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Oklahoma City tornado; 5 deaths reported

7:13 PM, May 31, 2013   |    comments
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Michael Winter, USA TODAY

At least three tornadoes hit Oklahoma City and the metro area Friday night, killing at least five peoples, the Oklahoma medical examiner's office says.

People were trapped in their vehicles as a storm swept down an interstate highway while commuters tried to beat it home.

A mother and a child were killed when their car rolled over, KFOR-TV reported.

About 50 other people were hurt, five critically, the Associated Press reports.

The Oklahoma Highway Patrol said several motorists were injured and others were missing.

One tornado was reported on the ground in Moore, where a mammoth May 20 twister killed 24 people and left the southern Oklahoma City suburb in ruins, KOKH-TV reported.

"Please try to get to a building or safe shelter!" the weather service in Norman tweeted.

Winds were reportedly between 80 and 100 mph. Tornado warnings were posted for several central Oklahoma counties. As the storms raced east, multiple funnel clouds touched down west of Oklahoma City, with TV video capturing one violent tornado on the ground.

Among the injured is a meteorologist from The Weather Channel who is nursing minor injuries after the "tornado hunt" car in which he was riding was thrown some 200 yards by a tornado in Oklahoma, the Associated Press reports.

The SUV that Mike Bettes and two others were riding in was caught up in a storm near El Reno on Friday evening. The Weather Channel said all of the occupants were wearing safety belts and were able to walk away from the banged-up vehicle.

Network spokeswoman Shirley Powell says a Weather Channel team has been in the field for most of May following tornadoes. She says it's the first time one of the network's personalities has been injured while being caught up in violent weather it was covering.

Cars and tractor-trailers flipped on I-40, and motorists were stranded bumper to bumper on I-35 in what the weather service described as "a parking lot."

Emergency officials reported that numerous injuries occurred in the area along I-40, and Randolph said there were toppled and wrecked cars littering the area. Troopers requested a number of ambulances at I-40 near Yukon, west of Oklahoma City.

"We're scrambling around," said Lara O'Leary, a spokeswoman for the local ambulance agency. "There is very low visibility with the heavy rain ... so we're having trouble getting around.

Heavy rain and hail hampered rescue efforts in Oklahoma City. Frequent lightning roiled the skies well after the main threat had moved east. Highways and streets were clogged late into the night as motorists worked their way around flooded portions of the city.

Oklahoma Highway Patrol Trooper Betsy Randolph said troopers found the bodies of a woman and an infant near their vehicle. Randolph said it's not known if the woman was driving into the storm when it hit around 7 p.m. Friday.

Standing water was several feet deep, and in some places it looked more like a hurricane had passed through than a tornado.

In Missouri, the combination of high water and fallen power lines closed dozen of roads, snarling traffic on highways and side streets in the St. Louis area. At the Hollywood Casino in suburban of Maryland Heights, gamblers rushed from the floor as a storm blew out windows and tore off part of the roof.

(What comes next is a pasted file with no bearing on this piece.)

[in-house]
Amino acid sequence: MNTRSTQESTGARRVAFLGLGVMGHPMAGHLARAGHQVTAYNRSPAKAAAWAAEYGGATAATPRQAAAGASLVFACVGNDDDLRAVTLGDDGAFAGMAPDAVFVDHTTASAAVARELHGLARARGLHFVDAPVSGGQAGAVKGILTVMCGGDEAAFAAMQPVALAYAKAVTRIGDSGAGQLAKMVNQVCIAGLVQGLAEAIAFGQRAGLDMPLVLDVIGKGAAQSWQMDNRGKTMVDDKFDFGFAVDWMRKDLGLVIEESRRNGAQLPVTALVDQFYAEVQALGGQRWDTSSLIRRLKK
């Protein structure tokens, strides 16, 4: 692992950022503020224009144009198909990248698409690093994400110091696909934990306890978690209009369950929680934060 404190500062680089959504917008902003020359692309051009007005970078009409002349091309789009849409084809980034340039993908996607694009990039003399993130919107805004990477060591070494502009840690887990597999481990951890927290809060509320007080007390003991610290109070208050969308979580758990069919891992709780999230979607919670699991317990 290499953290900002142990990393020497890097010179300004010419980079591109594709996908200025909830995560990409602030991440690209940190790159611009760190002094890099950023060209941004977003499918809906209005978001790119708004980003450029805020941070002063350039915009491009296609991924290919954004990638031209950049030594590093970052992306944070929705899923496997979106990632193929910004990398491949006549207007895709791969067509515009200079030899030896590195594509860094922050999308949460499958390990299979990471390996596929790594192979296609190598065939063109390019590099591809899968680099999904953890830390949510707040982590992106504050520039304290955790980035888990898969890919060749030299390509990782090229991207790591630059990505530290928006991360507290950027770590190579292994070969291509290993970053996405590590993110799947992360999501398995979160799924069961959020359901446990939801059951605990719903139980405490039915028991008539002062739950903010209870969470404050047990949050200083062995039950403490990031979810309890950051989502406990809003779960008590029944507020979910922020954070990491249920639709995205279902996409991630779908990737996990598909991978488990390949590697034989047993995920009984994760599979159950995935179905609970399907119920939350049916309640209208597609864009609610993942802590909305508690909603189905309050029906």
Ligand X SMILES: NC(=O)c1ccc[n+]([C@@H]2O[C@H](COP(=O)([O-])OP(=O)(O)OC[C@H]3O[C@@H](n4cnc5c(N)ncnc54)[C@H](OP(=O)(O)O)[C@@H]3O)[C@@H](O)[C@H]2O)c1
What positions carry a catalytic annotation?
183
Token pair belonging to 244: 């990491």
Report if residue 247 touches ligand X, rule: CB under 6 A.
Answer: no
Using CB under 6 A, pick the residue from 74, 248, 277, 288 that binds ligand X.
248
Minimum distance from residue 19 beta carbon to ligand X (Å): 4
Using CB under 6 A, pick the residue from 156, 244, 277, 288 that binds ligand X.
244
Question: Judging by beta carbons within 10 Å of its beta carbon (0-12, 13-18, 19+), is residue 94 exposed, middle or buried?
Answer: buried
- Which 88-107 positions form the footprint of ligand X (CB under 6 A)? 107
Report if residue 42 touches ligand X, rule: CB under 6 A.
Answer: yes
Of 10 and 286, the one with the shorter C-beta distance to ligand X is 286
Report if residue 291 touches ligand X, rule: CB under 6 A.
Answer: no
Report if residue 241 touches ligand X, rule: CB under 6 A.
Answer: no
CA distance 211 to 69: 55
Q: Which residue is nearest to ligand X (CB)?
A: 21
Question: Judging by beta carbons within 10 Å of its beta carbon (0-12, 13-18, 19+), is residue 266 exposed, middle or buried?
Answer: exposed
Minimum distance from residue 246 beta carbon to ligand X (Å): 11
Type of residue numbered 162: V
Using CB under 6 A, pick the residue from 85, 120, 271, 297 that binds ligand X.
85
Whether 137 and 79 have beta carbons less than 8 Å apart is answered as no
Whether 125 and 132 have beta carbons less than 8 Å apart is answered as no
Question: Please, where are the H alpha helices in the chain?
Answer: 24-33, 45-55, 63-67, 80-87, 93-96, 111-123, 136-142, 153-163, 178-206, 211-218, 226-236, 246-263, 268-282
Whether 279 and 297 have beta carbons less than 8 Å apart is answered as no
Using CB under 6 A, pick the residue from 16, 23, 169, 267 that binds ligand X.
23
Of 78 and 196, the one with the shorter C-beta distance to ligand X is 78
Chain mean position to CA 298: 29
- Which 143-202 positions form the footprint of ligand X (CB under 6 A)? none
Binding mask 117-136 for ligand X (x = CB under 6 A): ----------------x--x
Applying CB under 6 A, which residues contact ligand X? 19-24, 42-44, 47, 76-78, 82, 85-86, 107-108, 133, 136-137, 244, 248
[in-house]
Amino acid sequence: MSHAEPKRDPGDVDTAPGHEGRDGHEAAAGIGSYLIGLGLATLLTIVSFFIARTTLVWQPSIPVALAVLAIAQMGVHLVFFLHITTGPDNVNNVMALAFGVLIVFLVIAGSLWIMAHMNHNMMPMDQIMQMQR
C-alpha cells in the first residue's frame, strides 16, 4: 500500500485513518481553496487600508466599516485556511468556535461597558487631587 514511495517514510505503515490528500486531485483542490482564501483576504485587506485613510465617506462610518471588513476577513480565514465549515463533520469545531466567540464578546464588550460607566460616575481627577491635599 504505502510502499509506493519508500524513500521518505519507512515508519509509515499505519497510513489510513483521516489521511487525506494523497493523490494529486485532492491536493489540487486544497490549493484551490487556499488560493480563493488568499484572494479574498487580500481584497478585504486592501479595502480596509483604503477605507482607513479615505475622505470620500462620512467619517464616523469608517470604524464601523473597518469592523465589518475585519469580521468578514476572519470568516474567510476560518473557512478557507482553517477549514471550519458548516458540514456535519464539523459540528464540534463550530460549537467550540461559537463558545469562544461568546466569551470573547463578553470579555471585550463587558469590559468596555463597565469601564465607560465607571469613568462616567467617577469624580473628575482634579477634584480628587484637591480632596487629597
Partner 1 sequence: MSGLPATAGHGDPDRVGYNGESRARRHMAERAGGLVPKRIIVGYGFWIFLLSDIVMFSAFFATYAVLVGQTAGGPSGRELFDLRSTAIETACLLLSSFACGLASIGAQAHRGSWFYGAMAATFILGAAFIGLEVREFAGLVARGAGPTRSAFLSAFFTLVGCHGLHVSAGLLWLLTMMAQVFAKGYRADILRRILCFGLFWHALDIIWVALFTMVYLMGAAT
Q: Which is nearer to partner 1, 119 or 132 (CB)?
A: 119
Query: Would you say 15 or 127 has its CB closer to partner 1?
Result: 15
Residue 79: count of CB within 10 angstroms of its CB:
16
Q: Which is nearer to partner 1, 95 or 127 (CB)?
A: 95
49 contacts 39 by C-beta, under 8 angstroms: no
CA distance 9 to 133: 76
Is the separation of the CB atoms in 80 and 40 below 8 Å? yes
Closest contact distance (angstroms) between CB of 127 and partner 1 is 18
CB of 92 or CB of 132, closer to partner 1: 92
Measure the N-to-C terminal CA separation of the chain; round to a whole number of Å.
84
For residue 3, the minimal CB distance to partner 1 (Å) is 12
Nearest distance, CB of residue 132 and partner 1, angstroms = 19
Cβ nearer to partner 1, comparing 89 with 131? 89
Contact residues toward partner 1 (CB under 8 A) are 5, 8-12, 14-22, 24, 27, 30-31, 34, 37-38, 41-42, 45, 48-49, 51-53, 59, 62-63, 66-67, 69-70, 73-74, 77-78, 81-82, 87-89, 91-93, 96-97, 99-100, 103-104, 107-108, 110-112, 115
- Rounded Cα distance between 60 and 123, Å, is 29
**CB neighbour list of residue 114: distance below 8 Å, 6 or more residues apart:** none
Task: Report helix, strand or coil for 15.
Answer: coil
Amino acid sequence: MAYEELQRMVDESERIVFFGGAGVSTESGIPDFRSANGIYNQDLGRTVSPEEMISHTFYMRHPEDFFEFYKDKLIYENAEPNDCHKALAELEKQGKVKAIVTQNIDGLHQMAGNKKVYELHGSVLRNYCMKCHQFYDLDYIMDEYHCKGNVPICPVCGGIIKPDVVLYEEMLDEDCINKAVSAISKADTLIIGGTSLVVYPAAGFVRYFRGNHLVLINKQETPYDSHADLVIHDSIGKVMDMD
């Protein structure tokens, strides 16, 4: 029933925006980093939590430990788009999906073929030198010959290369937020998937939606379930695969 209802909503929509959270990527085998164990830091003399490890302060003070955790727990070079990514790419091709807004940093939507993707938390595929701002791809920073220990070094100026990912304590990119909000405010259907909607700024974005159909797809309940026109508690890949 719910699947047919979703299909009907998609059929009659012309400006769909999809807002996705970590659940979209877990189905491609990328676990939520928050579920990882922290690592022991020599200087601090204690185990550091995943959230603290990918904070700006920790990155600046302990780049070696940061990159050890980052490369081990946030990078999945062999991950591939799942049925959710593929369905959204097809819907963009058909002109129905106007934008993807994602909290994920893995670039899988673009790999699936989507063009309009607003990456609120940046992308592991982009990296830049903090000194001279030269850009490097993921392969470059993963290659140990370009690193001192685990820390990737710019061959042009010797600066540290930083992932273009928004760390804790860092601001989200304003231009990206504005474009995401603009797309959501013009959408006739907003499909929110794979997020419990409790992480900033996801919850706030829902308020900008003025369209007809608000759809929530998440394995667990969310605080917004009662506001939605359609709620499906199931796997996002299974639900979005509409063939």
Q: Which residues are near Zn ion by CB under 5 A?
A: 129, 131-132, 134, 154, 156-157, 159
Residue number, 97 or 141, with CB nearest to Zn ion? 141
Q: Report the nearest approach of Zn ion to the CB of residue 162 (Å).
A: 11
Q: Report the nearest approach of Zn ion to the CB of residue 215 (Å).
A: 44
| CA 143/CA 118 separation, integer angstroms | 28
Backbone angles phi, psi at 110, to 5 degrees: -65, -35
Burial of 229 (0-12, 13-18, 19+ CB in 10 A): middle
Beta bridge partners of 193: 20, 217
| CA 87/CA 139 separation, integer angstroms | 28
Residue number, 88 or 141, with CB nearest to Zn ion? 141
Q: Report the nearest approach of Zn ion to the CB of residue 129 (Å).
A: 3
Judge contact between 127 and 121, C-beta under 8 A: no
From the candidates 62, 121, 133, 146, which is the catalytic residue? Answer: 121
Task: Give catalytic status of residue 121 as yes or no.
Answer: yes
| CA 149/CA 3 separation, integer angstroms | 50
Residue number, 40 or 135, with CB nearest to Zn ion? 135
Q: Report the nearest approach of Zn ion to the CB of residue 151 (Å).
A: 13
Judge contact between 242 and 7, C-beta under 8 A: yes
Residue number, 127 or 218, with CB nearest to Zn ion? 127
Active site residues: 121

Rich Gordon, of Jefferson City, said he was on the casino floor when he heard a loud "boom."

"I didn't know if it was lightning or what, but it was loud," Gordon said.

In Oklahoma, storm chasers with cameras in their cars transmitted video showing a number of funnels dropping from the supercell thunderstorm as it passed south of El Reno and into Oklahoma City just south of downtown. Police urged motorists to leave I-40 and seek a safe place.

"I'm in a car running from the tornado," said Amy Sharp, who last week pulled her fourth-grade daughter from the Plaza Towers Elementary School as a storm approached with 210 mph winds. "I'm in Norman and it just hit Yukon where I was staying" since last week's storm.

"I'm with my children who wanted their mother out of that town," Sharp said, her voice quivering with emotion.

At Will Rogers World Airport southwest of Oklahoma City, passengers were directed into underground tunnels and flights were canceled. However, people near the area said they weren't aware of any damage.

Television cameras showed debris falling from the sky west of Oklahoma City and power transformers being knocked out by high winds across a wider area.

As the storm bore down on suburban Oklahoma City, Adrian Lillard, 28, of The Village, went to the basement of her mother's office building with a friend, her nieces, nephews and two dogs.

"My brother's house was in Moore, so it makes you take more immediate action," Lillard said while her young nieces played on a blanket on the floor of the parking garage. "We brought toys and snacks to try our best to keep them comfortable."

Well before Oklahoma's first thunderstorms fired up at late afternoon, the Storm Prediction Center in Norman was already forecasting a violent evening. From the Texas border to near Joplin, Mo., residents were told to keep an eye to the sky and an ear out for sirens.

Friday evening's weather came after flash flooding and tornadoes killed three people in Arkansas late Thursday and early Friday. Three others were missing in floods that followed 6 inches of rain in the rugged Ouachita Mountains near Y City, 125 miles west of Little Rock.

This spring's tornado season got a late start, with unusually cool weather keeping funnel clouds at bay until mid-May. The season usually starts in March and then ramps up for the next couple of months.

Contributing: Associated Press

USA TODAY

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